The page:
This integral is well defined if even has a jump-discontinuity. A jump can be interpreted as a trading stop or news. In connection with Equation (2), , the derivation of Equation (22) to dt yields


Let’s assume that the trading density changes on both ends of the interval at the same amount,

. Set Equation (23) equal to zero, results in and after a transformation, I obtain


where and. Substituting this back in Equation (23), together with Equation (2), yields


Proposition 4. A financial bubble is characterized by a negative BLF in respect of time:.

Proof. Use the properties of the function together with Equation (25). Compute the first derivative, I obtain.

Consequently, the proposition confirms that good news imply a jump with a decline in the change of asset prices (BLR) and thus a lower probability of a bubble burst. Even if the result seems to be counterintuitive at first, it has a rational. News reduce asymmetric information and thus lowers the BLF. This reduces the market reaction time. In other words, the bubble may burst in case of small price jumps. Consequently, efficient markets with many news may trigger only small financial bubbles, but inefficient markets (=high asymmetric information) with little news may trigger huge financial bubbles. The solution of the ODE (Equation (25)), demonstrates the evolution of the asset price with news and it yields


This equation explains the fact that with increasing time, t, the asset price declines automatically due to the lag of news. Therefore, more agents enter the market and buy/sell assets. In the end, this leads to herd behaviour and a financial bubble.

5. Conclusion

This paper attempts to explain the major properties and developments of financial bubbles from an econophysics point of view. I utilize a new theoretical model to detect ex ante financial bubbles. This model makes the complexity tractable without stochastic and martingale theory. In general, this approach has several advantages. First, it is a simple model and uniquely defines a financial bubble. Second, the model is general and thus explains the origins and developments of bubbles, too. Third, the model contains novel implications for empirical studies on financial bubbles. Finally, and most importantly, this model enables you to study the effect of news on financial bubbles for the first time.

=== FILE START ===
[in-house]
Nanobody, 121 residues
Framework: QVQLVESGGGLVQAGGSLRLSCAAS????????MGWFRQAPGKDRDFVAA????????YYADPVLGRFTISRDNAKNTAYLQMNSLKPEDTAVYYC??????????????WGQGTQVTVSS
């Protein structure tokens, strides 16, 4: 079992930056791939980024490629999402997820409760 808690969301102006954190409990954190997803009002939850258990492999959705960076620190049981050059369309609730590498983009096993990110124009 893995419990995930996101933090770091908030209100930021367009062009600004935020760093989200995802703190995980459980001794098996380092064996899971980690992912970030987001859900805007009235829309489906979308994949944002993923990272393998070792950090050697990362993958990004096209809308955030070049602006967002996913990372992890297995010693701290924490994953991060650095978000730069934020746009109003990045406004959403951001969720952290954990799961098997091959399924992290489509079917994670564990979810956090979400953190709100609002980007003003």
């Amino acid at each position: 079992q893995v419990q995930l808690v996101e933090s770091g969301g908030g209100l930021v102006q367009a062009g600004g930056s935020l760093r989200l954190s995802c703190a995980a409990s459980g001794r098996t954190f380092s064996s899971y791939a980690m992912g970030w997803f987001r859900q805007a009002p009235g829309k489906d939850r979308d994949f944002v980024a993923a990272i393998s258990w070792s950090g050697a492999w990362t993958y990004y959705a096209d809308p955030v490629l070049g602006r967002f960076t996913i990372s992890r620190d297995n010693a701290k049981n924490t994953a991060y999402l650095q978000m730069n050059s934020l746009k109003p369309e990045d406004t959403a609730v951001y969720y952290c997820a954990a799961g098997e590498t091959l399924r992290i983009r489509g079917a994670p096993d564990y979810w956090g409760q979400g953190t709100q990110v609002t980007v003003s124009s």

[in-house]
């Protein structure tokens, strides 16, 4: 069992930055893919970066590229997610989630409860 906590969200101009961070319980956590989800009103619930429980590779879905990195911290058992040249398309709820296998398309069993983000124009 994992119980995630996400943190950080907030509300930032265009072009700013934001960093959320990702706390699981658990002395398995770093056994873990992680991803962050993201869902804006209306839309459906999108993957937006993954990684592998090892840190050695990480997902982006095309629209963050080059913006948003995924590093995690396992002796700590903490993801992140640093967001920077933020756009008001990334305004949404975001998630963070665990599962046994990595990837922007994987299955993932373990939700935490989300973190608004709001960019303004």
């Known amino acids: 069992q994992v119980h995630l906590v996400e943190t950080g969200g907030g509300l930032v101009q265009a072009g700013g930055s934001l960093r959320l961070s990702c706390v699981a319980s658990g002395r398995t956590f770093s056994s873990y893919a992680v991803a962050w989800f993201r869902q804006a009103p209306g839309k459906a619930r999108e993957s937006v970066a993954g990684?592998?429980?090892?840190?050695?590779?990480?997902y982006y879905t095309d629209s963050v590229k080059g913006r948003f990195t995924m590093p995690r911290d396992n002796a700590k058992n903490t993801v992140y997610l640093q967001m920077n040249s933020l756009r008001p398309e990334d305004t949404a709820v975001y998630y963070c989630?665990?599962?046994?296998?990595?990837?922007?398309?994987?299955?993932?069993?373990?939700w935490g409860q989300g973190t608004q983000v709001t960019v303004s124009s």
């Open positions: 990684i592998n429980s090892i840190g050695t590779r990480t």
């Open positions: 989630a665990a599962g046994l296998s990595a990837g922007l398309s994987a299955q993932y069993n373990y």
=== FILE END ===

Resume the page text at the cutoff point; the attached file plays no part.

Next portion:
I thank the editor and two anonymous referees for their helpful comments and suggestions. Research is funded by the RRI―Reutlingen Research Institute. This support is greatly appreciated.


  1. Protter, P. (2013) A Mathematical Theory of Financial Bubbles. Paris-Princeton Lectures on Mathematical Finance, 2081, 1-108.
  2. Pindyck, R.S. and Wang, N. (2009) The Economic and Policy Consequences of Catastrophes. MIT Sloan School Working Paper No. 4751-09, 1-26.
  3. Barro, R.J. (2009) Rare Disasters and Asset Markets in the Twentieth Century. American Economic Review, 99, 243- 264.
  4. Bikhchandani, S. and Sharma, S. (2000) Herd Behavior in Financial Markets: A Review. IMF Working Paper No. 00/48.
  5. Diamond, D. and Dybvig, P. (1983) Bank Runs, Deposit Insurance, and Liquidity. Journal of Political Economy, 91, 401-409.
  6. DeLong, J.B., Schleifer, A., Summers, L. and Waldman, R. (1990) Positive Feedback Investment Strategies and Destabilizing Rational Speculation. Journal of Finance, 45, 379-395.
  7. Froot, K., Scharfstein, D. and Stein, J. (1992) Herd on the Street: Informational Efficiencies in a Market with Short- Term Speculation. Journal of Finance, 47, 1461-1484.
  8. Lux, T. and Marchesi, M. (1999) Scaling and Criticality in a Stochastic Multiagent Model of a Financial Market. Nature, 397, 498-500.
  9. Banerjee, A. (1992) A Simple Model of Herd Behavior. Quarterly Journal of Economics, 107, 797-818.
  10. Bikhchandani, S., Hirshleifer, D. and Welch, I. (1992) A Theory of Fads, Fashion, Custom and Cultural Change as Informational Cascades. Journal of Political Economy, 100, 992-1026.
  11. Bikhchandani, S., Hirshleifer, D. and Welch, I. (1998) Learning from the Behavior of Others: Conformity, Fads and Informational Cascades. Journal of Economic Perspectives, 12, 151-170.
  12. Devenov, A. and Welch, I. (1996) Rational Herding in Financial Economics. European Economic Review, 40, 603-615.
  13. Calvo, G. and Mendoza, E. (1998) Rational Herd Behavior and Globalization of Securities Markets. Mimeo, University of Maryland, College Park.
  14. Maug, E. and Naik, N. (1996) Herding and Delegation Portfolio Management. Mimeo, London Business School, London.
  15. Scharfstein, D. and Stein, J. (1990) Herd Behavior and Investment. American Economic Review, 80, 465-479.
  16. Wemers, R. (1999) Mutual Fund Herding and the Impact on Stock Prices. Journal of Finance, 54, 581-622.
  17. Jain, A.K. and Gupta, S. (1987) Some Evidence on “Herding” Behavior of US Banks. Journal of Money, Credit and Banking, 19, 78-89.
  18. Teh, L.L. and de Bondt, W.F.M. (1997) Herding Behavior and Stock Returns: An Exploratory Investigation. Swiss Journal of Economics and Statistics, 133, 293-323.
  19. Graham, J.R. (1999) Herding among Investment Newsletters: Theory and Evidence. Journal of Finance, 54, 237-269.
  20. Galbraith, J.K. (1997) Savings, Investment, and Functional Efficiency: A Comparative Examination of National Financial Complexes: Comment. Chapter Comment, University of Michigan Press, Ann Arbor, 305-308.
  21. Fransman, M. (2004) The Telecoms Boom and Bust 1996-2003 and the Role of Financial Markets. Journal of Evolutionary Economics, 14, 369-406.
  22. Luhmann, N. (1994) Die Wirtschaft der Gesellschaft (suhrkamp taschenbuch wissenschaft). Suhrkamp Verlag, Berlin.
  23. McCauley, J.L. (2004) Dynamics of Markets: Econophysics and Finance. Cambridge University Press, Cambridge.